On 21 May 2010 07:25, Stan Hoeppner <stan@xxxxxxxxxxxxxxxxx> wrote:
> Dave Chinner put forth on 5/20/2010 11:14 PM:
>> I only ever use the noop scheduler with XFS these days. CFQ has been
>> a steaming pile of ever changing regressions for the past 4 or 5
>> kernel releases, so i stopped using it. Besides, XFS is often 10-15%
>> faster on no-op for the same workload, anyway...
> IIRC the elevator sits below the FS in the stack, and has a tighter
> relationship to the block device driver and physical storage subsystem than
> to the FS. I have one box with a 7.2K 500GB WD drive and a sata_sil
> controller that doesn't support NCQ. Without NCQ due to no controller
> support or ATA_horkage_NCQ blacklisted drives, the deadline and anticipatory
> (now removed from the kernel IIRC) elevators yield vastly superior
> performance under load compared to CFQ or noop.
> Noop fits well with good hardware RAID, either local machine PCI/x/e RAID
> card or straight FC HBA talking to a SAN array controller. CFQ just gets in
> the way with good hardware. In some testing I've done with FC HBAs and
> target LUNs on IBM FasTt and Nexsan SAN arrays, deadline has shown a tiny
> advantage over noop with a few synthetic tests. This testing was performed
> on SLED 10 and Debian Etch guests atop VMWare ESX 3 at night on weekends
> when load across the ESX blade farm was near zero, but it was still done in
> a virtual environment. On bare hardware, I'm not sure one would get the
> same results. Anyway, the deadline elevator gave such little advantage over
> noop, I'd still recommend noop on good hardware due to zero CPU overhead.
> Deadline has a few fancy tricks so it will always eat more CPU, even though
> it's a modest amount.
> I'd sum the elevator choice up this way: If you have a good storage
> hardware and driver combo such as fast SATA disks with good NCQ, or just
> about any SCSI, SAS, RAID, or SAN setup, go with noop. For lesser
> hardware/drivers, use deadline (i.e. lacking or crappy NCQ, or on laptops
> due to the slow 4200/5400 rpm drives, even if they do have good NCQ).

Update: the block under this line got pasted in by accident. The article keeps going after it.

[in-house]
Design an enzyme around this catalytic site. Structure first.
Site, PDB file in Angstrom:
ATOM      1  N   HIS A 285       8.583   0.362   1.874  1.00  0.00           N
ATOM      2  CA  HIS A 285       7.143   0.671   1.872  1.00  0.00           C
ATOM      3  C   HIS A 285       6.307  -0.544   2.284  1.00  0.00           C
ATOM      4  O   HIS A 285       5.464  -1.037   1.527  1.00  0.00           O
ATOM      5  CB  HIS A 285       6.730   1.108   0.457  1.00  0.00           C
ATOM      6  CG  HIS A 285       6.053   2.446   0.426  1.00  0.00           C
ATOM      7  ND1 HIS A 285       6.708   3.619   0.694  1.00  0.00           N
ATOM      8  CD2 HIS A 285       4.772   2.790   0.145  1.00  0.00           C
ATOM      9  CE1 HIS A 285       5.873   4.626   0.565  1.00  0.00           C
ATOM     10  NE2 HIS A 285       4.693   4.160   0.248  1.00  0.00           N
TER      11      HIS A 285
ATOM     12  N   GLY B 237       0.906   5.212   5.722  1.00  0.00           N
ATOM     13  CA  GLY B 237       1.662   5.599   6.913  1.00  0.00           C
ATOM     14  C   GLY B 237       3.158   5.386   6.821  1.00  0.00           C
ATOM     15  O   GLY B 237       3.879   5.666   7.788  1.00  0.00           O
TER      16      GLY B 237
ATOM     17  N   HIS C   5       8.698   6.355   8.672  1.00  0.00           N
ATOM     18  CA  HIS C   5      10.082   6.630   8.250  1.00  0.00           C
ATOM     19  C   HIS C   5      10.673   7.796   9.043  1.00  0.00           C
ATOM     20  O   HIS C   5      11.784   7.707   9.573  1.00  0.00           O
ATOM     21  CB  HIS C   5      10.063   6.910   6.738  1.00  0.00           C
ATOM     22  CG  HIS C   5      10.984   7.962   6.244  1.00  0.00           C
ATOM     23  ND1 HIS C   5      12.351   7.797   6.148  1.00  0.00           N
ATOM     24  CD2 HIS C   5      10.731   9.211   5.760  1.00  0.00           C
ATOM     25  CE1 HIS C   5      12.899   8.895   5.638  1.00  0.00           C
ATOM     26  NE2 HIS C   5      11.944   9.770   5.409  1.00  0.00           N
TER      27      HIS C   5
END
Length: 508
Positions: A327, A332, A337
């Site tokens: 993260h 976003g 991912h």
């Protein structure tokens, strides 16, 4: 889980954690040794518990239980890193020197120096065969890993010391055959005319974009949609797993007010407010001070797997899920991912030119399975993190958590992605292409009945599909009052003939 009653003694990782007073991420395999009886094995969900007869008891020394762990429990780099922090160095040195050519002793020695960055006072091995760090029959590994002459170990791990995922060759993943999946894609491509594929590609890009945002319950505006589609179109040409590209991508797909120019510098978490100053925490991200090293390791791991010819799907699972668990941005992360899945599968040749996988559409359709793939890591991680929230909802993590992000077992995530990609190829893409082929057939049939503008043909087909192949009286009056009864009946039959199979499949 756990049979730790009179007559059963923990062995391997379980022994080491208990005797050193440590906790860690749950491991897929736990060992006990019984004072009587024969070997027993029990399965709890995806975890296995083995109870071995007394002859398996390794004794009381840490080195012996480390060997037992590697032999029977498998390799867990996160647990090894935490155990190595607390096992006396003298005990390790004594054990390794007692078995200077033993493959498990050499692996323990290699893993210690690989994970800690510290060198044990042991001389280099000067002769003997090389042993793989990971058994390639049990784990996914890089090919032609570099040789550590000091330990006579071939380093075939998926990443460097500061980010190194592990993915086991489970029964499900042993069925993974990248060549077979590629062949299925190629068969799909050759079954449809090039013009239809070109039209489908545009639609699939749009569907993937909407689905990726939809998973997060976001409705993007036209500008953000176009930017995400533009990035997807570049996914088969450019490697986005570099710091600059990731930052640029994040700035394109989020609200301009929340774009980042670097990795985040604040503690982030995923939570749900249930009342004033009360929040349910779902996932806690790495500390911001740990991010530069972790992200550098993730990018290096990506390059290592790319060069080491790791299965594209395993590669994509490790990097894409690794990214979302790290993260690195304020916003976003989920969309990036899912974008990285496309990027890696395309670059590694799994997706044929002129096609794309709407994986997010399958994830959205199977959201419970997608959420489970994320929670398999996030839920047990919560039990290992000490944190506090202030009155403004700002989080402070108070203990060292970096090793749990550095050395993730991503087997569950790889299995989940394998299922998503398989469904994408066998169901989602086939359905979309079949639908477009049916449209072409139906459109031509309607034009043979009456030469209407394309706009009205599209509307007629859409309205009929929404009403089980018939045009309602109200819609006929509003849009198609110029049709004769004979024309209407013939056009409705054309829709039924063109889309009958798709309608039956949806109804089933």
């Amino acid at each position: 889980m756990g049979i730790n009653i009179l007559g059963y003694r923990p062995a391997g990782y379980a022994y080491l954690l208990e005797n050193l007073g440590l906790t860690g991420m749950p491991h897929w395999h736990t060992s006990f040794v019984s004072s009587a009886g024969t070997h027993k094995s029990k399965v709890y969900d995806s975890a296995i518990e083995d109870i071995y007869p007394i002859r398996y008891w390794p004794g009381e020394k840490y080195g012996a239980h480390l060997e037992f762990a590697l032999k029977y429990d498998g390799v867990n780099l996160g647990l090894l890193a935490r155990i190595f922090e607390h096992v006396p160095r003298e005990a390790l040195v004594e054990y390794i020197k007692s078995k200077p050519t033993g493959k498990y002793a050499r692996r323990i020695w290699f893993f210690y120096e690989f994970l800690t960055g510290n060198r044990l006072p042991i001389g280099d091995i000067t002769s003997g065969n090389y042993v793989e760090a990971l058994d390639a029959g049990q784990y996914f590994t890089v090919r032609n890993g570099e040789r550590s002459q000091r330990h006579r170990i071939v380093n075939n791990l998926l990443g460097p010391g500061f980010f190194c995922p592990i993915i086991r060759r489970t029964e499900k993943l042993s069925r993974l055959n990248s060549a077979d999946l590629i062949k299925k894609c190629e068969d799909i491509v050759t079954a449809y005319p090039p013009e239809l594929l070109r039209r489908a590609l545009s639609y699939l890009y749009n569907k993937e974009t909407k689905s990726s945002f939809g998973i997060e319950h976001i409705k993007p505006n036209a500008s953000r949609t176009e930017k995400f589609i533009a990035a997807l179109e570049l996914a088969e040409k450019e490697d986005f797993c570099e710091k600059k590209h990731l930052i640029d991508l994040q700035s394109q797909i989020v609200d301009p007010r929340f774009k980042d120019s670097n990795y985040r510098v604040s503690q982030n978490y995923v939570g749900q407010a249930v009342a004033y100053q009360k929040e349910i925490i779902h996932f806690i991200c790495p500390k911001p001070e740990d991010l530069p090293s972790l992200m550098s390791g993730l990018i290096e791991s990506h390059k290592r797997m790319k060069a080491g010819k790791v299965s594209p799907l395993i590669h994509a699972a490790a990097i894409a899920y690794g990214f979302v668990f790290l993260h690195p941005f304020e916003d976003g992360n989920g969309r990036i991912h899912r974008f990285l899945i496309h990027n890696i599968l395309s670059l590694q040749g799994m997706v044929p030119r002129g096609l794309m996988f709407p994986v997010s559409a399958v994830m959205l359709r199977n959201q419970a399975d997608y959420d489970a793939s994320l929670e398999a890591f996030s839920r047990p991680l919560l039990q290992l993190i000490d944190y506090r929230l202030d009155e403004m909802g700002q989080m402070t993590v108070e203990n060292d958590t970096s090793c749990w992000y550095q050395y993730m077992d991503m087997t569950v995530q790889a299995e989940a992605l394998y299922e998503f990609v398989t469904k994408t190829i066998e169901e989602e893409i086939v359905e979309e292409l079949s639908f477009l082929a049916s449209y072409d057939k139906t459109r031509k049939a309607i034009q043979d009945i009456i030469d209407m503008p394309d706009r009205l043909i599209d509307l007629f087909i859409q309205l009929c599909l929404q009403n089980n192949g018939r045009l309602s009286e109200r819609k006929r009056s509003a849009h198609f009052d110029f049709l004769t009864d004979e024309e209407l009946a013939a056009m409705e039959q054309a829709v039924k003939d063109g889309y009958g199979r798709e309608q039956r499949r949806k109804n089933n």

> I agree with Dave that CFQ isn't all that great, and in my testing it's even
> worse when used with Linux guests on ESX than it is on bare metal.
> Caveat: I'm no expert, and I don't do storage subsystem performance testing
> all day long. I'm just reporting my first hand experience. YMMV and all
> the normal disclaimers apply.
> xfs mailing list
Thanks for the answers.
I do value my data a lot (that's why I changed from Windows some years
ago), and even though this is a laptop with battery protection I keep
crashing and hard locking it because I like always to use -rcX kernels
and to fool around with lots of dangerous stuff/settings/etc.
Actually that is one of the reasons I stick with XFS instead of going
to EXT4 or the like. I've been using and torturing XFS for a couple of
years now and I NEVER suffered any corruption, and only had a couple
of times where unimportant data loss happened, but it was completely
expected because I was an ass. I only lost the data that was unsynched
during the last minute though.
I forgot to say that I have a SATA-I 5400rpm hard drive, it does
support NCQ and since this is a laptop there is no RAID or similars.
I've been running a few tests with bonnie++ and hdparm. hdparm reports
my bare hard drive speed as 67 Mb/s for read. With bonnie++ the
maximum I can get is 52 Mb/s with noop and cfq and deadline only gives
me 48 Mb/s. This is not bad at all. noop is a tad faster in all the
tests and the only thing it performs worse is in read latency,
although read throughput appears to be the same.
So it is agreed that CFQ sucks right now. I'll continue my testing but
now with proper daily use to see which is better, deadline or noop.